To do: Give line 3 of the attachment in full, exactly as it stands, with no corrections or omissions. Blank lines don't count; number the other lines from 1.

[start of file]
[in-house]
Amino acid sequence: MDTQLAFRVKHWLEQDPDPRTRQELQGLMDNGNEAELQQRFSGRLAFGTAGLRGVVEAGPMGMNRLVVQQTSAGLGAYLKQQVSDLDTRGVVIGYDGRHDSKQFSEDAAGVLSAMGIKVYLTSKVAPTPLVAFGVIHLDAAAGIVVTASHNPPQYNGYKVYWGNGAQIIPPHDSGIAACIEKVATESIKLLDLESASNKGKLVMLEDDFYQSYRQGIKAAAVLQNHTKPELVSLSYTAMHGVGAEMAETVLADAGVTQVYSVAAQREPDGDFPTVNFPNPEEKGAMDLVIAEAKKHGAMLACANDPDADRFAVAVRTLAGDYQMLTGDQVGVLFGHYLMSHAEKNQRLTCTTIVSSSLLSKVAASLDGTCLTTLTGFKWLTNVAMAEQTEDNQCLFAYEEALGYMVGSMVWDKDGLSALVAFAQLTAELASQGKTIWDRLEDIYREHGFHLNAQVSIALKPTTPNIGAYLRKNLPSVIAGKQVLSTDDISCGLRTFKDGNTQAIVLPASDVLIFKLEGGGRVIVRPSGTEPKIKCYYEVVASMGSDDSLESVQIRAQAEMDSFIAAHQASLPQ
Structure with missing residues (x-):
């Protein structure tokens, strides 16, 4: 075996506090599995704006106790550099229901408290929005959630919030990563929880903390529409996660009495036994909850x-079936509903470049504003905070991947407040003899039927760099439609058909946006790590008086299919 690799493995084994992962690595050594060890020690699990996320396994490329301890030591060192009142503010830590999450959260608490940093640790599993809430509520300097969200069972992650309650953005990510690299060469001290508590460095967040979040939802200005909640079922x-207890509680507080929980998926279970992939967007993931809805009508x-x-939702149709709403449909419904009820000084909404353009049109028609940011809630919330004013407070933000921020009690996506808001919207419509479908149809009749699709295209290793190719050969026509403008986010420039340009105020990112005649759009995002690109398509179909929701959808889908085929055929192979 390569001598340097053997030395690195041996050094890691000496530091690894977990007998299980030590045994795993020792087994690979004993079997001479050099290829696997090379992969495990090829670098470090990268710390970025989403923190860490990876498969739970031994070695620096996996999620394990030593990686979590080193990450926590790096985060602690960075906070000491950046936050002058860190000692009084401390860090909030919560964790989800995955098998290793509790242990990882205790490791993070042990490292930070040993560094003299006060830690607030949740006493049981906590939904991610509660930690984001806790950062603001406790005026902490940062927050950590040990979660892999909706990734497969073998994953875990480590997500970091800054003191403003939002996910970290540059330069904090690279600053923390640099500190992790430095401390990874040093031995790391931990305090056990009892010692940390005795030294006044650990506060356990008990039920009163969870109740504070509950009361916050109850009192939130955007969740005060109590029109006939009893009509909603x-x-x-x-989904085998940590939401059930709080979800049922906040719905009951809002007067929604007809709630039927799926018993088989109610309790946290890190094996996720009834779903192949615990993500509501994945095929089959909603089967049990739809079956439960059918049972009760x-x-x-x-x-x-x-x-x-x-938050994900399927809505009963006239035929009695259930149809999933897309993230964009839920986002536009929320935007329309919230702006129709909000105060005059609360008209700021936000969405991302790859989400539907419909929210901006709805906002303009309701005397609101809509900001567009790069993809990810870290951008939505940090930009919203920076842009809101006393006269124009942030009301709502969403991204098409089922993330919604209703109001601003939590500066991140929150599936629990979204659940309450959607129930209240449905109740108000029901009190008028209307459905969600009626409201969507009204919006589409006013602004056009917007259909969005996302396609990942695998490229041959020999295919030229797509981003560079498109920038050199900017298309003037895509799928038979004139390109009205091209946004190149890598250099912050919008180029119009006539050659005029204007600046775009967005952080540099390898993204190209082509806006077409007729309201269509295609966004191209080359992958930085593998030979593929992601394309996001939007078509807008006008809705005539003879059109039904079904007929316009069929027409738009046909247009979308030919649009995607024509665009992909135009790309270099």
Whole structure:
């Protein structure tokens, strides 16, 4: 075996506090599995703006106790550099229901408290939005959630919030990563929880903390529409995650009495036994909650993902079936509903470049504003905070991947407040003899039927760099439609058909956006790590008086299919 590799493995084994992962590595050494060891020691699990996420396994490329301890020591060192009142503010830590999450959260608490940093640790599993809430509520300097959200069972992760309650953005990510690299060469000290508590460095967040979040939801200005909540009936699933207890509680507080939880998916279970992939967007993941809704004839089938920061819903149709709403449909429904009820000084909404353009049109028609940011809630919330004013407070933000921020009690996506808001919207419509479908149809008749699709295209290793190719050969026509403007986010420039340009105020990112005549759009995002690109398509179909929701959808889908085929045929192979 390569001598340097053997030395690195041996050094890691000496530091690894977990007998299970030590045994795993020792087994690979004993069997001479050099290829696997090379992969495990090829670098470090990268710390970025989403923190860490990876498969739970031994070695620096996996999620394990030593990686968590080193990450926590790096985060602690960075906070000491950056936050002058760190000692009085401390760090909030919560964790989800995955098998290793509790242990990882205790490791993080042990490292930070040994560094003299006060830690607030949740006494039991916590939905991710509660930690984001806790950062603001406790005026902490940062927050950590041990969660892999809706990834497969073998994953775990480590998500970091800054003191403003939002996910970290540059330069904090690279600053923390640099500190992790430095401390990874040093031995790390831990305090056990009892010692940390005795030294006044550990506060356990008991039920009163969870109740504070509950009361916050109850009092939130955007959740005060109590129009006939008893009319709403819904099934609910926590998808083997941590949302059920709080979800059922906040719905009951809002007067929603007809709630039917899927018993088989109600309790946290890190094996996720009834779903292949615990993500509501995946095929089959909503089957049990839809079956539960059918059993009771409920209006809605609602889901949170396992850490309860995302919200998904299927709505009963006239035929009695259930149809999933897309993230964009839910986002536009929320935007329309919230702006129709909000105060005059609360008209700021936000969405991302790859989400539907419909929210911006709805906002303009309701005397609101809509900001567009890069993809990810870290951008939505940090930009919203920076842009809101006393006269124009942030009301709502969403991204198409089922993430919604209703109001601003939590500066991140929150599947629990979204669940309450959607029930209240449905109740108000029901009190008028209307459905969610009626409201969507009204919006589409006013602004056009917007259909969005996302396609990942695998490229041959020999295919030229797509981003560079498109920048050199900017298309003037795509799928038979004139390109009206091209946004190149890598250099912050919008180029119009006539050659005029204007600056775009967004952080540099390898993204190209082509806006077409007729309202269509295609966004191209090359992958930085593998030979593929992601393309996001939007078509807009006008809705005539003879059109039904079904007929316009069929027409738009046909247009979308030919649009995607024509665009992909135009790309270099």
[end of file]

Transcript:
Structure with missing residues (x-):